The All New Superfriends Hour

Wonder Twin powers, activate! The original Super Friends, with non-powered sidekicks Wendy and Marvin, was canceled in 1974. The show, in constant reruns over the next few years, gained enough of a following to earn a greenlight for a new Superfriends show.

This time around, the hour-long show featured four mini-stories that spotlighted different characters. The first story featured a team up between two of the Super Friends. The second story featured the now infamous Wonder Twins and their space monkey Gleek. The third story featured the whole team. The fourth featured a guest star such as Green Lantern, Black Vulcan, or the Atom. The popularity of this show led to 1978's classic Challenge of the Superfriends series, a personal childhood favorite.

Wonder Woman

Running from 1975-1979, Wonder Woman's got her biggest exposure to mass audiences through this live-action television series. The first season was set during World War II, but season 2 took place 35 years later in the "modern" 1970s. Steve Trevor was replaced by his lookalike son Steve Trevor Jr. (ah, clever) as Diana Prince / Wonder Woman spun her way against evil.

Speaking of her patented spin move, enjoy:


1977 was actually a really amazing year for superhero shows on television. Spider-Man, Hulk, Wonder Woman, and Captain Marvel all having their own live-action series, is some serious saturation. Not only where there a lot of shows, but these were big guns too and they did it with small budgets and 1970s effects. Wow. I don't expect to see anything like that on the small screen again. And without the DVR yet in place, my superhero show addiction would have been a real challenge to manage. It turns out 1977 was a pretty good year to be born.


The New Adventures of Batman

Along with the titular Batman, The New Adventures of Batman featured Robin the Boy Wonder, Batgirl and Bat-Mite, a a well meaning imp from another dimension called Ergo, who considers himself Batman's biggest fan. Hmm. Sure why not, though some will consider this one of the Dark Knight's darkest hours. It was the Joker's inclusion in this series which kept him from appearing in the Challenge of the Super Friends series that ran during the same time frame. Likewise, Riddler and Scarecrow's membership in the Legion of Doom precluded them from appearing here.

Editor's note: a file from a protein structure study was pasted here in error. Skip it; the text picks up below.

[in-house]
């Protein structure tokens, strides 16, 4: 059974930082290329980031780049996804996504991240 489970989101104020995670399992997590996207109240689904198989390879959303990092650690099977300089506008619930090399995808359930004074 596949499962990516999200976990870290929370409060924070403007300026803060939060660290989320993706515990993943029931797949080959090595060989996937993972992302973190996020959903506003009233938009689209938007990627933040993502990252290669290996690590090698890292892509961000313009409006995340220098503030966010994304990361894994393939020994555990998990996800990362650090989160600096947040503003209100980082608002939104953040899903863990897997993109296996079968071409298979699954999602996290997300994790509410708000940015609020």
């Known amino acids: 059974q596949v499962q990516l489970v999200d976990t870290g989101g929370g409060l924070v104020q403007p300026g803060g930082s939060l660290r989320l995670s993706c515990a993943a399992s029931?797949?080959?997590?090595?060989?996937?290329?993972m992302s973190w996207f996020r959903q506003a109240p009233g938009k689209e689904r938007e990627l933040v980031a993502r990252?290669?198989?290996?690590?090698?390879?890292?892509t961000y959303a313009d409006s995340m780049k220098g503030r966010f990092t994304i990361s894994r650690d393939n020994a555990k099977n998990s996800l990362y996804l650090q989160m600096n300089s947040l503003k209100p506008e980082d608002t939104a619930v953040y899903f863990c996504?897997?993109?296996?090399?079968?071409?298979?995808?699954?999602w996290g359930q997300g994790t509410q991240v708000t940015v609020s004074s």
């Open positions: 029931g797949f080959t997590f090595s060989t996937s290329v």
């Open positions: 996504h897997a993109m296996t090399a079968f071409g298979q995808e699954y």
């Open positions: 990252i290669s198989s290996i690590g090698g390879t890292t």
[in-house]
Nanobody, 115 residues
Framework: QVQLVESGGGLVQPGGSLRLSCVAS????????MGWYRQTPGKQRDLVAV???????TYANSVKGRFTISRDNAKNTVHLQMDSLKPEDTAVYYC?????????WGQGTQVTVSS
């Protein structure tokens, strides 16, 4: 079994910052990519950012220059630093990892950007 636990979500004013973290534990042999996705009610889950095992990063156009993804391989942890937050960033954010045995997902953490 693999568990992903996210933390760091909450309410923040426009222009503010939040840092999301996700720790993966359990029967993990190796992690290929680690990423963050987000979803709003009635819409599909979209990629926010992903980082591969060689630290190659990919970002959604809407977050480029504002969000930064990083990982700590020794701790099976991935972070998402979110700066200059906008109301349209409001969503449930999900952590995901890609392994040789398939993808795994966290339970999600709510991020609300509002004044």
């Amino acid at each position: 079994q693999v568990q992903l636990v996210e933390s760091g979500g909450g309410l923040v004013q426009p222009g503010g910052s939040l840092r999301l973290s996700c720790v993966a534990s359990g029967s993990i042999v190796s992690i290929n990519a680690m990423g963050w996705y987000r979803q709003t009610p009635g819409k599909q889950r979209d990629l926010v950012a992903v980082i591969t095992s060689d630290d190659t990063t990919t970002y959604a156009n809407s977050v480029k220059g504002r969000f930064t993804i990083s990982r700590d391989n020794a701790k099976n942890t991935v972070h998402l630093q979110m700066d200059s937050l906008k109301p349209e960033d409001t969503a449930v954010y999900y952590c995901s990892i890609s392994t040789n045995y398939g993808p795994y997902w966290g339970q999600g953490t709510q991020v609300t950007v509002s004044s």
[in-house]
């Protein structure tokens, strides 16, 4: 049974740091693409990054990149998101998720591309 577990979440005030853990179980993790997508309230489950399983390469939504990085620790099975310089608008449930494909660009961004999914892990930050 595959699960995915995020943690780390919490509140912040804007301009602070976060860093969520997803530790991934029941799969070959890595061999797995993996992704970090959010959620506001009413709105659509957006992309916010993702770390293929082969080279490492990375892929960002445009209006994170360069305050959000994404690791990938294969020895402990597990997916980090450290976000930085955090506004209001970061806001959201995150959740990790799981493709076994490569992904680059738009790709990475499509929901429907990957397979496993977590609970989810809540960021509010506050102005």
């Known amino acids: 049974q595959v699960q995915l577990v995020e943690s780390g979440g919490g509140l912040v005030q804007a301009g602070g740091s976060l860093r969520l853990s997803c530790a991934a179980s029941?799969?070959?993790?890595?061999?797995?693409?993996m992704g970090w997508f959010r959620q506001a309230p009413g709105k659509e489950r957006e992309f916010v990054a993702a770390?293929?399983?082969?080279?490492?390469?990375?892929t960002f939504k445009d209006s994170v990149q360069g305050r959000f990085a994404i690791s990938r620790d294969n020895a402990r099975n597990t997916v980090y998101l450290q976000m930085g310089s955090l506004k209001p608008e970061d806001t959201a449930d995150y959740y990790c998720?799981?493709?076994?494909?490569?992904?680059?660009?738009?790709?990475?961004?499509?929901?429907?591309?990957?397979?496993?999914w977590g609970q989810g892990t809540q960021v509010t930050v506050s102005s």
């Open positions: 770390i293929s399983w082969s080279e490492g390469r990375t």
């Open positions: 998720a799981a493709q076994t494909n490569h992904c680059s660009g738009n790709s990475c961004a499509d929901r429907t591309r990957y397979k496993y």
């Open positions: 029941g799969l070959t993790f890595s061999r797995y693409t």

The series was paired up with a Tarzan animated series in 1977 which expanded into a series titled either Tarzan and the Super 7 or Batman and the Super 7 in subsequent years. Stay tuned for the rest of the Super 7 to debut in 1978.

Space Sentinels

Also arriving in 1977 was the series The Young Sentinels which although it only lasted one 13 episode season was renamed midway through its run to Space Sentinels. The racially diverse cast has earned the series a footnote in the annals of history.

In this series, the Roman mythological figures Hercules and Mercury are joined by Astrea, a character created specifically for the series, to form a superhero team to protect mankind. As the series intro described:

Many centuries ago, three carefully selected young Earthlings were transported from their native lands to my faraway world. Here they were granted astounding powers, and eternal youth, then returned to Earth. Their mission: to watch over the human race, helping the good in it to survive and flourish. In the course of history, their names have become legend: Hercules, empowered with the strength of a hundred men. Astrea, able to assume any living form. Mercury, the amazing athlete who can match the speed of light. Working together with me, Sentinel One, and my maintenance robot, Mo, these teenage guardians form the greatest team the world has ever known: The Space Sentinels.

The heroes would continue in 1978s The Freedom Force.


  1. I remember Spider-Man on the Electric Company. No love for Super Grover?

  2. Love yes, but he just didnt make the cut. Maybe I will toss him a bone in the 1978 edition just for you.